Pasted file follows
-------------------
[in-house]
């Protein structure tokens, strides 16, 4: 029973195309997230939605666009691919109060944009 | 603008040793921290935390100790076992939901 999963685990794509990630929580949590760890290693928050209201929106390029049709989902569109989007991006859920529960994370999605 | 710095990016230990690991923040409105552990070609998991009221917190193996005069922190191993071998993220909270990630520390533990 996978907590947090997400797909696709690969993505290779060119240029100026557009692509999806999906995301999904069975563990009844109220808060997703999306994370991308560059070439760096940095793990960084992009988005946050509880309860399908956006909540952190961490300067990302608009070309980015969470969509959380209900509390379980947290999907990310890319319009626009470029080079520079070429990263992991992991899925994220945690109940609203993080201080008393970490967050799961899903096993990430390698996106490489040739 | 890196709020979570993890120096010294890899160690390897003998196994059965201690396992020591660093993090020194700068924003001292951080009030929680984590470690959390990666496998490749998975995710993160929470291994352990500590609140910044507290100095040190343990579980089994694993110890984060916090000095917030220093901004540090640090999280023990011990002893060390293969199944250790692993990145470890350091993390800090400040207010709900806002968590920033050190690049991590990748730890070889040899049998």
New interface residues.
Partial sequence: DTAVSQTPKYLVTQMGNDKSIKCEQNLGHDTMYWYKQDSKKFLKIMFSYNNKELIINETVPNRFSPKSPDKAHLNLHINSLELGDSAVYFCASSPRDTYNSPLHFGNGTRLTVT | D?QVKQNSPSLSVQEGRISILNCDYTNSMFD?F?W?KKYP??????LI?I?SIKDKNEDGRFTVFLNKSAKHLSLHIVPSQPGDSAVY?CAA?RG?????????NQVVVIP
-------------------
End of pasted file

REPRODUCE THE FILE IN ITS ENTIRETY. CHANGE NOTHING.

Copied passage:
[in-house]
């Protein structure tokens, strides 16, 4: 029973195309997230939605666009691919109060944009 | 603008040793921290935390100790076992939901 999963685990794509990630929580949590760890290693928050209201929106390029049709989902569109989007991006859920529960994370999605 | 710095990016230990690991923040409105552990070609998991009221917190193996005069922190191993071998993220909270990630520390533990 996978907590947090997400797909696709690969993505290779060119240029100026557009692509999806999906995301999904069975563990009844109220808060997703999306994370991308560059070439760096940095793990960084992009988005946050509880309860399908956006909540952190961490300067990302608009070309980015969470969509959380209900509390379980947290999907990310890319319009626009470029080079520079070429990263992991992991899925994220945690109940609203993080201080008393970490967050799961899903096993990430390698996106490489040739 | 890196709020979570993890120096010294890899160690390897003998196994059965201690396992020591660093993090020194700068924003001292951080009030929680984590470690959390990666496998490749998975995710993160929470291994352990500590609140910044507290100095040190343990579980089994694993110890984060916090000095917030220093901004540090640090999280023990011990002893060390293969199944250790692993990145470890350091993390800090400040207010709900806002968590920033050190690049991590990748730890070889040899049998």
New interface residues.
Partial sequence: DTAVSQTPKYLVTQMGNDKSIKCEQNLGHDTMYWYKQDSKKFLKIMFSYNNKELIINETVPNRFSPKSPDKAHLNLHINSLELGDSAVYFCASSPRDTYNSPLHFGNGTRLTVT | D?QVKQNSPSLSVQEGRISILNCDYTNSMFD?F?W?KKYP??????LI?I?SIKDKNEDGRFTVFLNKSAKHLSLHIVPSQPGDSAVY?CAA?RG?????????NQVVVIP